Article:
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Higgins transforms a Greek tragedy into a classic

Review by David Munro

HECUBA was not a happy lady. She had lost her husband and most of her sons in the fall of Troy and was now a slave to the conquering Greeks together with her daughter Polyxena.

Her other daughter was maitresse en titre to Agamemnon, the C-in-C of the Greek army, and was apparently unable to do anything to alleviate her mother and sister’s lot.

But you have to be a Greek scholar to disentangle the relationships and attitudes spawned by the Trojan War. Either that or a classic Greek dramatist, such as Euripides, who wrote a slew of plays about it mostly based on the theme of revenge.

Of these, his dramatisation of the last days of Hecuba is one of the most famous and Frank McGuiness’s new version of it is a powerful play.

He has set it on the sea coast of Thrace, where the action unfolds , uncluttered by sets other than a tank representing the sea, in which the characters paddle, appear from, fall in or wash themselves throughout the course of the play.

For an hour and a half, one watches Hecuba having to give up her daughter as a human sacrifice to a dead Greek; finding her last son dead in the sea and wreaking her revenge on Polymestor, the King of Thrace, into whose care her son had been committed.

As you would imagine, the success or otherwise of the piece depends on the actress playing Hecuba.

Claire Higgins, in the role, is a more than worthy successor to all the great tragediennes who have preceded her in the role.

She brings a humanity to the character which is heart rending and although she is burdened with having to demonstrate her grief in a series of speeches which would be risible if badly delivered, she makes them seem genuine and from the heart.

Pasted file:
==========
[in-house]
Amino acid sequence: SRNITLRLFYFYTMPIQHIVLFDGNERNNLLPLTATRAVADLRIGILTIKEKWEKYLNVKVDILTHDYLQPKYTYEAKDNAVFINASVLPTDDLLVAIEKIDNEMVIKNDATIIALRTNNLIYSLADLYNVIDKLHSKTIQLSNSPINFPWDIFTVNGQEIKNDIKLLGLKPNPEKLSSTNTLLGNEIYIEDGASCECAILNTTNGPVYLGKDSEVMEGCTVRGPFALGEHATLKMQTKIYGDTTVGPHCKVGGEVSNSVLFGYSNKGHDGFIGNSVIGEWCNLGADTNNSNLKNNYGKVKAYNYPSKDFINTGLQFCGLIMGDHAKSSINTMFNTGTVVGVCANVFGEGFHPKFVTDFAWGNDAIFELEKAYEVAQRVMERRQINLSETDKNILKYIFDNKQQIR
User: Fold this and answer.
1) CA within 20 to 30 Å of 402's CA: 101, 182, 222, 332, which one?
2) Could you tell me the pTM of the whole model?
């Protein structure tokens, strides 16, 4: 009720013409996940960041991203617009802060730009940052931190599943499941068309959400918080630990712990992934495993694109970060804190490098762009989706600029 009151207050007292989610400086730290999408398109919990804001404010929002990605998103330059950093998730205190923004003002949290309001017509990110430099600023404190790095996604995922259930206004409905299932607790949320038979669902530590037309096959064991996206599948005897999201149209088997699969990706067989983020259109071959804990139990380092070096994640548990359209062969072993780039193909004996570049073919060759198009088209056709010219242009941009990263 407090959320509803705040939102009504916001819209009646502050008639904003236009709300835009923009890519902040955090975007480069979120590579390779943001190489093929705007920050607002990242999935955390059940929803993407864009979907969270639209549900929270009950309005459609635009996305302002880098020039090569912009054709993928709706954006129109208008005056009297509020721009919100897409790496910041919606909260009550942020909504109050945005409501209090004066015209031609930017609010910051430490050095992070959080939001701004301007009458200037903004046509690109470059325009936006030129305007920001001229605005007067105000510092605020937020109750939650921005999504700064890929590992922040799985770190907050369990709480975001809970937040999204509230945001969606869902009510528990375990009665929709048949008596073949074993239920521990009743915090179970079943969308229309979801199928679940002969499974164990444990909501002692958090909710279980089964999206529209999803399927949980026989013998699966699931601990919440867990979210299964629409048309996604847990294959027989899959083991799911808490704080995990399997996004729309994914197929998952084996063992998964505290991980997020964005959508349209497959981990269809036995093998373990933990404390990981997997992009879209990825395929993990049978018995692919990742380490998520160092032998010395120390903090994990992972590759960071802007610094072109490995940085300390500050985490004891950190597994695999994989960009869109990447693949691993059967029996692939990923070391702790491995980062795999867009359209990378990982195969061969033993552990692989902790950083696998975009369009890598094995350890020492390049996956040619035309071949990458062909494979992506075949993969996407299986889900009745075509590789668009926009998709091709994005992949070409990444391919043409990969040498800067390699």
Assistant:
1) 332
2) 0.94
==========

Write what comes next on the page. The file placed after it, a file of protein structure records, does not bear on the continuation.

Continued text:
She is a mother who never forgets she has been a queen, and who is frustrated by her inability to save her daughter.

The discovery of her dead son turns her into a hard, cold calculating woman and Claire Higgins makes the metamorphosis from helplessness into purpose both convincing and chilling.

She makes you feel that the desire for revenge has acted as a catharsis and enabled her to channel her grief into her resolve to be revenged.

Her encounter with Polymestor and his children, when she reverts to being a sociable and friendly woman, is a masterpiece of duplicity and she managed to convince me that the character was acting, a little gem of art concealing Art.

The ending of the play, after Polymestor has relayed the prophesy that she will become a bitch, where she falls, dog-like onto all fours and scrabbles the sand in a manner is horrifying, yet a fitting climax to an overwhelming evening.

The rest of the cast, although good, are mere sounding boards for her grief and fury.

The Chorus, so beloved by Greek dramatists, is subsumed into a maid-companion who mumbles a commentary on the action from time to time and played, rather inaudibly, by Susan Engel.